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North Myrtle Beach City Hall. Photo by Ruben Lowman

NMB city manager facing SLED investigation over alleged assault of kayak company owner

By Ruben Lowman

After an incident that occurred last week, North Myrtle Beach city manager Mike Mahaney is currently under an official state investigation for an alleged assault. 

The investigation, being carried out by the State Law Enforcement Division (SLED), stems from an interaction that occurred between Mahaney and Laura Weaver, a local business owner who runs Glass Bottom Kayak Tours in the city, last Tuesday, May 10, at NMB City Hall.

“The City Council for North Myrtle Beach takes this matter very seriously,” said NMB spokesperson Donald Graham. “The city has referred the incident to the South Carolina Law Enforcement Division to conduct an independent investigation.”

SLED spokesperson Renée Wunderlich confirmed to The Times that Mahaney is actively under investigation by the state agency but provided few other details. 

“SLED was requested by the North Myrtle Beach Police Department to investigate NMB City Manager Michael Mahaney for an alleged assault,” Wunderlich said. “No other details are available from SLED at this time as agents continue to investigate.”

Wunderlich said more details may be available later. At this time, what is known about the alleged assault comes from an incident report filed by NMB Police and voluntary statements from both Weaver and her business partner, Tyler Watkins, which The Times has reviewed in full. 

The incident report outlines that the alleged assault stems from Weaver’s interaction last Tuesday, May 10, with Mahaney and councilmember Nikki Fontana. Weaver said in the report that she received a message from Fontana around 2:15 p.m. that day asking if she was available to meet with her and Mahaney. 

Weaver’s business, Glass Bottom Kayak Tours, is currently involved in contentious ordinances that have been passed recently by the city. The ordinances place regulations and a launch fee on the kayak tour companies that operate out of the Cherry Grove Boat Landing. 

According to the incident report, Fontana escorted Weaver back to Mahaney’s office when she arrived at city hall, where Weaver said “as soon as she took a seat in the office she was asked about an email that was sent over by her business partner… to the city recreation center.”

During the conversation, Mahaney became “increasingly upset,” according to the report, followed by him placing his hands in Weaver’s face and “standing over her in an intimidating manner.” The report states further that Mahaney had his hand and finger in close proximity to Weaver’s face and then he grabbed “on her right leg just above the knee with his left hand.”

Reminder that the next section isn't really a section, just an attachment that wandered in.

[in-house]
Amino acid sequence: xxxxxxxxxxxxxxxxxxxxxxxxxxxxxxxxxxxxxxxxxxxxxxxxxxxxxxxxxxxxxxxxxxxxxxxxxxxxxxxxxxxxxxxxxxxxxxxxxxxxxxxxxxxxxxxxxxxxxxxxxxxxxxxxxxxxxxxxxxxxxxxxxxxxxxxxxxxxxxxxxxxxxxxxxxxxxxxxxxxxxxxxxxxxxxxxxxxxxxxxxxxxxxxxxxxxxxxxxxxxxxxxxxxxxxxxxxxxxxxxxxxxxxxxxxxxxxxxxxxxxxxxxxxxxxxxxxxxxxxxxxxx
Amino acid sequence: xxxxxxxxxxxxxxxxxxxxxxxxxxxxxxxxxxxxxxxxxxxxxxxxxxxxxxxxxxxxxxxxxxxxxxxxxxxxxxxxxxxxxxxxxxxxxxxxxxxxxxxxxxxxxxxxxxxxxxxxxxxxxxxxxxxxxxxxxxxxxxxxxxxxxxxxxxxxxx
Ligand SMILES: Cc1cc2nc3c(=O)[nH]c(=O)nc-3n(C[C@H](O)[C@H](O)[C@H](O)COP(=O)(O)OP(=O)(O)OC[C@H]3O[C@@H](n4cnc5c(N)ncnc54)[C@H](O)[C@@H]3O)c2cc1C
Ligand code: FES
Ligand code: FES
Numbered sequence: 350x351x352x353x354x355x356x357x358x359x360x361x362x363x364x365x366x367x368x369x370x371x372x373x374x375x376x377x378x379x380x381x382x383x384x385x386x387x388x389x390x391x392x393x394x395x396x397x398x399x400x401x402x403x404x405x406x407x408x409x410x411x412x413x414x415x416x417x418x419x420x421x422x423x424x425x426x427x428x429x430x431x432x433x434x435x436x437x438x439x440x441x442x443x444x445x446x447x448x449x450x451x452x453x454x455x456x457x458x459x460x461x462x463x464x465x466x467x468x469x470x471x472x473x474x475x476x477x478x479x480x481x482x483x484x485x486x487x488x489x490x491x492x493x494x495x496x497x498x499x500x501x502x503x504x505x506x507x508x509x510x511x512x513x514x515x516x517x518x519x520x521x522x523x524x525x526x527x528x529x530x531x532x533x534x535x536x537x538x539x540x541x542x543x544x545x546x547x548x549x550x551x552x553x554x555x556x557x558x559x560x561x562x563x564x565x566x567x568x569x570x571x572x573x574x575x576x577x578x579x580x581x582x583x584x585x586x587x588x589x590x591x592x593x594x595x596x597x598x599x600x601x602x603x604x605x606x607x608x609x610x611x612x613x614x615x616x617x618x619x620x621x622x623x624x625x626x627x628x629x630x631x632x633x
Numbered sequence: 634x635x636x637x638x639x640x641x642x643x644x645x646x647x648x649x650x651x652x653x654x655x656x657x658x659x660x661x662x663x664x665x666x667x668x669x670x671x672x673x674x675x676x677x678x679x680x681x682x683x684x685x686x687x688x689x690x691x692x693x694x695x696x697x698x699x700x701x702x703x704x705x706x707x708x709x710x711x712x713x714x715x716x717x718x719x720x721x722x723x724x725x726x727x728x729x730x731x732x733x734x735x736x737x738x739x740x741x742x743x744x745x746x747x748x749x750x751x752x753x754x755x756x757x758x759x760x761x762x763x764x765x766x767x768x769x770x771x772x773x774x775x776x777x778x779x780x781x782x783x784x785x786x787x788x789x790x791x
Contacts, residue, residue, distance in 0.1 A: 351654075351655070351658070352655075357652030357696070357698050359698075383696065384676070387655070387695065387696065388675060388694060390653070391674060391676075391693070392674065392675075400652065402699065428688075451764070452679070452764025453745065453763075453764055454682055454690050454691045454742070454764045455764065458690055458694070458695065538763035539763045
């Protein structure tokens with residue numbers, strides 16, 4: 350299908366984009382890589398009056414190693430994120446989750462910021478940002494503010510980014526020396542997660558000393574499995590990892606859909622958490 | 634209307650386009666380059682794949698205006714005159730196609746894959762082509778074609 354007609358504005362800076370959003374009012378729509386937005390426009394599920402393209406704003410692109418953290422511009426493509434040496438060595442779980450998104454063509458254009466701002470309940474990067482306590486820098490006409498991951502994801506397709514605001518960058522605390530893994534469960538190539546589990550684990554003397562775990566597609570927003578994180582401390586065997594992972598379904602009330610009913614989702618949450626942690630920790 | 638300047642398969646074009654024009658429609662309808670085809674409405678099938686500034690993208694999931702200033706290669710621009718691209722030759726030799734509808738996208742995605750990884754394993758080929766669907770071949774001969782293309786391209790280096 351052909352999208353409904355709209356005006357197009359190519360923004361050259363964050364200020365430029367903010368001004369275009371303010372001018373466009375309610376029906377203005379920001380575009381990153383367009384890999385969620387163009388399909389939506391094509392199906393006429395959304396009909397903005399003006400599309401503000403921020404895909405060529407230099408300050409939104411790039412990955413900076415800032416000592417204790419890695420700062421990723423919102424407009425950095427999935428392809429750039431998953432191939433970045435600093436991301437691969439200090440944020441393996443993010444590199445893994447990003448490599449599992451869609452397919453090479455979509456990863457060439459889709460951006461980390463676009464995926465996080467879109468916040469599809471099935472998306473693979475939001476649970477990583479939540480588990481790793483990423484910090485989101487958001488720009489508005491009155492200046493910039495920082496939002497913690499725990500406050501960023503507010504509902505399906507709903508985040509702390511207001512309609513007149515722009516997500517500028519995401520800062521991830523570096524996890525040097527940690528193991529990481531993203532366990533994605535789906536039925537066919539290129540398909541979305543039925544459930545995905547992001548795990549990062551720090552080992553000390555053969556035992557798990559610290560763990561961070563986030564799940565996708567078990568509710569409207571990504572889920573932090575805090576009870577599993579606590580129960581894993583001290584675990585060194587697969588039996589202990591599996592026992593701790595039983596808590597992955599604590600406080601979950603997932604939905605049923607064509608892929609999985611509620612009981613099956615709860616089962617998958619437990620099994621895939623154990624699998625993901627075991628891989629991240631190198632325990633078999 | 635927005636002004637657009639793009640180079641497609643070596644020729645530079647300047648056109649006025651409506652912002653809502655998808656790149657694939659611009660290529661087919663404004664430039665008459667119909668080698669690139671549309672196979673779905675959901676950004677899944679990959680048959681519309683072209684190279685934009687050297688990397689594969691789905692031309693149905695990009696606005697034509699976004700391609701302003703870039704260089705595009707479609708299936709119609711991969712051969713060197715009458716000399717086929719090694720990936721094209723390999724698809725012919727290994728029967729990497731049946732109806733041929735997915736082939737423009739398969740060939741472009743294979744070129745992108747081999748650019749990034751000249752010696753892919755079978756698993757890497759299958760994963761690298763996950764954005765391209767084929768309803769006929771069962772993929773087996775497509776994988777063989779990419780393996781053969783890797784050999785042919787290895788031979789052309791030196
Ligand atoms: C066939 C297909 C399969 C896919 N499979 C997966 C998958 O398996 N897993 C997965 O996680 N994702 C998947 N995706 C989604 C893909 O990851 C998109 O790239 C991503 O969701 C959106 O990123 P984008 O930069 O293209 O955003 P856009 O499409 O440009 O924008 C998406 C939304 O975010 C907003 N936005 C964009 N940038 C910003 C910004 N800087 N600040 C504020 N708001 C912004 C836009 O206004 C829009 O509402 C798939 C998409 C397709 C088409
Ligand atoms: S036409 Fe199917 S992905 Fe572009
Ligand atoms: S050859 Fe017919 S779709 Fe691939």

Weaver’s statement to the police says that Mahaney began to berate her over the email from Watkins to the city, that the rest of City Council wanted her company shut down, “but he was trying to help me, but would not do so if we continued to ask questions.” 

The NMB Police incident report states that after loudly telling Mahaney to “get your hands off of me” and to “get his fingers out of her face,” Weaver said Fontana apologized for Mahaney’s behavior and advised “he just gets too passionate.”

The report says that after Weaver expressed to them that she felt “she was being verbally and physically intimidated,” Mahaney was said to have apologized and offered her candy “to make her feel better.” 

“At this time [Weaver] demanded that her business partner [Watkins] be contacted. Mr. Mahaney questioned if he needed to be present when [Watkins] arrived,” the report states. After this, Mahaney, Fontana, Weaver and Watkins discussed the earlier matter in a larger conference room at city hall. 

Watkins said that they are receiving assistance from local elected officials, Rep. William Bailey and Sen. Greg Hembree, over the matter. Hembree is the attorney for Glass Bottom Kayak Tours.

Fontana took to social media to share her statement about the alleged assault. 

“This statement is issued by me to correct current stories posted on social media about our current city manager,” Fontana wrote on Facebook. “The meeting was this past Tuesday afternoon and I was present the entire meeting. Contrary to what has been reported no one was threatened, physically intimidated or assaulted in any way.”

Weaver, a former teacher at NMB High School, is a longtime resident of the city and graduated from NMBHS herself in 1993. She received her master’s degree and spent several years in education before choosing to focus on her kayak business full time a few years ago. 

Mahaney has been NMB city manager since being hired in 2010 after holding the same position in the city of Deerfield Beach, Fla.

After conferring with their attorneys about a “personnel” issue in a hastily-arranged executive session last Friday, May 13, city officials said that they would wait and see what the findings from the state investigation were, and then proceed from there. 

“City Council met with the city attorney working in conjunction with the city’s labor attorney for approximately an hour and a half Friday afternoon,” Graham said. “Council will review the matter again when SLED concludes its investigation.”

Mayor Marilyn Hatley said during Monday night’s council meeting that NMB city leaders would let the state agency do its job and then they will make decisions about the matter. 

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